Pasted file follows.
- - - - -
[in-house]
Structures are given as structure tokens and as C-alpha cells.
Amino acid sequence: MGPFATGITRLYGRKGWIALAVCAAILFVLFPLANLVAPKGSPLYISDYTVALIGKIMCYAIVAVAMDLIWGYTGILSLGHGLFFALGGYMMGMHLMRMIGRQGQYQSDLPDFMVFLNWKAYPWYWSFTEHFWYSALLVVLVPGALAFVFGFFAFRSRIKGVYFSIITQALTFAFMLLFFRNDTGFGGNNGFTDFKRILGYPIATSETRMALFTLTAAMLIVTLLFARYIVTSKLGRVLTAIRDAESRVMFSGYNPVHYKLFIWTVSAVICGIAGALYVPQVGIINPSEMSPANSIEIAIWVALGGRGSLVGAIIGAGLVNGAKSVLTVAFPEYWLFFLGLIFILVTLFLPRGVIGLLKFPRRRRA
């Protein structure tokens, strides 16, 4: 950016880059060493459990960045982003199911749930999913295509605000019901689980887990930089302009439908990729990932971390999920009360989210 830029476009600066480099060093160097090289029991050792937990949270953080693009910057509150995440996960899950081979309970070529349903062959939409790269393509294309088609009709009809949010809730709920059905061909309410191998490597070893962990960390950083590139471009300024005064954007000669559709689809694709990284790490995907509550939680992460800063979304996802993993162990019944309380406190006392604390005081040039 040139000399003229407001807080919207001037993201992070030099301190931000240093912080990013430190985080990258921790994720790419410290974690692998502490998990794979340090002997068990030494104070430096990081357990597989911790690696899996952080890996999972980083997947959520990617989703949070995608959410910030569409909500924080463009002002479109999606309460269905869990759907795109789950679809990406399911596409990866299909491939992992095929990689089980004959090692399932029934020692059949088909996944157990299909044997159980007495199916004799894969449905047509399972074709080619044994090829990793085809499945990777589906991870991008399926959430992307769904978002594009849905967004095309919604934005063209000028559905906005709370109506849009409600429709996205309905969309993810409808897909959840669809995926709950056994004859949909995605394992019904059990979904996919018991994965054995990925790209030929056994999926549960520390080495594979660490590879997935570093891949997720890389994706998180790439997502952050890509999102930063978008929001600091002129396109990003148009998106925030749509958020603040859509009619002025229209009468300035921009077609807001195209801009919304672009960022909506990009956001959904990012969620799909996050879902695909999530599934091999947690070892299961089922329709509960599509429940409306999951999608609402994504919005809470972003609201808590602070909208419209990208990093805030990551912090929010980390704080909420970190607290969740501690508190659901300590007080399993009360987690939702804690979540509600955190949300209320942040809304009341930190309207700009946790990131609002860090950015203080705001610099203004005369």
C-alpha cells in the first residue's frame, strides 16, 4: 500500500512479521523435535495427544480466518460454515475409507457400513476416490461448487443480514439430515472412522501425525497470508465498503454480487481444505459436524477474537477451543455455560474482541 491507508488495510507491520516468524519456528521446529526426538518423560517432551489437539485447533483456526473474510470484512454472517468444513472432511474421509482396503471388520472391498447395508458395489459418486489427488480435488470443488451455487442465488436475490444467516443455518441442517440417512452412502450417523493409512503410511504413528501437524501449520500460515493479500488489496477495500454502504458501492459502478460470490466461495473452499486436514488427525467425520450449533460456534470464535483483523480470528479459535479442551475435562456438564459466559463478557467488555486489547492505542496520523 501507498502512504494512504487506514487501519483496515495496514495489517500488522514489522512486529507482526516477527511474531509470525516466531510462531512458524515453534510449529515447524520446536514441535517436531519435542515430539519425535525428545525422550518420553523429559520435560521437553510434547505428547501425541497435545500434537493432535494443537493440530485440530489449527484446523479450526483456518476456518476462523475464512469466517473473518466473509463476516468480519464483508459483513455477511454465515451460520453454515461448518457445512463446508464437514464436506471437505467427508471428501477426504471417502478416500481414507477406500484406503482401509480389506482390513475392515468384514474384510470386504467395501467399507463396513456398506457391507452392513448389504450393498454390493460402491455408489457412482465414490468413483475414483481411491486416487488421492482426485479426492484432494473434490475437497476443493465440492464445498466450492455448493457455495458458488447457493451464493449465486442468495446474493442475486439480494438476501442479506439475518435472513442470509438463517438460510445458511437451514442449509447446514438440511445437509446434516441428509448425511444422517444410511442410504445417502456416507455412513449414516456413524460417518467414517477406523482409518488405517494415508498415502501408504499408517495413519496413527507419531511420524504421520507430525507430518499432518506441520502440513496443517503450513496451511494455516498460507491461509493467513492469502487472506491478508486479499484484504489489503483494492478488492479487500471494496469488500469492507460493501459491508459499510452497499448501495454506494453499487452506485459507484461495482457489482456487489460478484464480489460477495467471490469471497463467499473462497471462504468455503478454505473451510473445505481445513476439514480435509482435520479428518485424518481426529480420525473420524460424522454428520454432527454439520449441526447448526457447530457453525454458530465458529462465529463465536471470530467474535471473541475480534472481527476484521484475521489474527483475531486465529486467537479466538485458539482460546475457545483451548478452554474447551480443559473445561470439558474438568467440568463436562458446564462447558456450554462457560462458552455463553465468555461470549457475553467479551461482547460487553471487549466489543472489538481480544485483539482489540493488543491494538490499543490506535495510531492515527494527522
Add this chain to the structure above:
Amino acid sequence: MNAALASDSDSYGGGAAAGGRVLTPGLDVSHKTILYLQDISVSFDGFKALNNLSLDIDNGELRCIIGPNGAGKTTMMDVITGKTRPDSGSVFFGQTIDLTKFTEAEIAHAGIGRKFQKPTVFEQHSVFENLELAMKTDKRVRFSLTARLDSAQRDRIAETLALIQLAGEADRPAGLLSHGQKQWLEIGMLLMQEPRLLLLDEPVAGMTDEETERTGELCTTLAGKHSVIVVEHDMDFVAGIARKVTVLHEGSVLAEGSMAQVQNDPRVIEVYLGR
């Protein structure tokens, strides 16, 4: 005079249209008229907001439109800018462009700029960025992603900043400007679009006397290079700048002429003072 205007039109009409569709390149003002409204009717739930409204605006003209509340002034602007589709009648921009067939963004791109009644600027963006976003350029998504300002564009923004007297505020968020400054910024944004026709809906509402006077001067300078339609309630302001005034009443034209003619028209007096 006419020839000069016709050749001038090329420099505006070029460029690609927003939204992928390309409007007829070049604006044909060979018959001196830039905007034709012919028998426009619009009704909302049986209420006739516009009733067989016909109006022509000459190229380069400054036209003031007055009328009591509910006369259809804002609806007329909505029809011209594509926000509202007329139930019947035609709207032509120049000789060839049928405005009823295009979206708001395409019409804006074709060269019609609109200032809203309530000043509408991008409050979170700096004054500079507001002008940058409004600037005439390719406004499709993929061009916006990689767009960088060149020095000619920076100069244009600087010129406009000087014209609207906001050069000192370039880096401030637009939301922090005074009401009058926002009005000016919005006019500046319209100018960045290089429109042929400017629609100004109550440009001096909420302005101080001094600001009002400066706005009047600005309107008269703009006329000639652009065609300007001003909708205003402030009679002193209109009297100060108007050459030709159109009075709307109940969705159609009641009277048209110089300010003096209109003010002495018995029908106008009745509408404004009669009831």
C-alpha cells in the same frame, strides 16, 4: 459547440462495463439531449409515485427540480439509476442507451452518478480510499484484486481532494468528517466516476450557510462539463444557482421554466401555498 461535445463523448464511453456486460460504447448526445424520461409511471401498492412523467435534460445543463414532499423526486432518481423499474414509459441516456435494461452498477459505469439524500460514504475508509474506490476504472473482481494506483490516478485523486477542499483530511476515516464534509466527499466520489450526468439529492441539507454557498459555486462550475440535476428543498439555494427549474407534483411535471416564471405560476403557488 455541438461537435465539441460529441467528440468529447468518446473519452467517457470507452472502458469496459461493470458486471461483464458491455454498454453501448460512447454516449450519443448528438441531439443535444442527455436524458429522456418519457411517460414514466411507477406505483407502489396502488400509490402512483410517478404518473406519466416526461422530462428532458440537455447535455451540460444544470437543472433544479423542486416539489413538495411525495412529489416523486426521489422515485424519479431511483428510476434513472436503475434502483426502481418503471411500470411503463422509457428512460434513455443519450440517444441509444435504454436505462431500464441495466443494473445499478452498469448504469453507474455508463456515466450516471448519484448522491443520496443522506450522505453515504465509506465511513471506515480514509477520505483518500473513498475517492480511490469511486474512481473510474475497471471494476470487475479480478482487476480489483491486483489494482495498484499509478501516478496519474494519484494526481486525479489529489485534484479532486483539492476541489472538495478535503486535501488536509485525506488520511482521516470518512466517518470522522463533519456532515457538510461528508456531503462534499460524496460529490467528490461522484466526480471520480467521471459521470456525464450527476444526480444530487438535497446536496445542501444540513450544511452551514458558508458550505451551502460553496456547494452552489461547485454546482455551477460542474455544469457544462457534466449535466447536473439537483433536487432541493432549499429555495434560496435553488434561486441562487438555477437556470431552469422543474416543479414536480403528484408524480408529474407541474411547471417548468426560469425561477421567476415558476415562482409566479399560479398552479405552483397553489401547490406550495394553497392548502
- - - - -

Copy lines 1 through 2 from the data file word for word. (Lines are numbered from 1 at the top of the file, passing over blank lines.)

[in-house]
Structures are given as structure tokens and as C-alpha cells.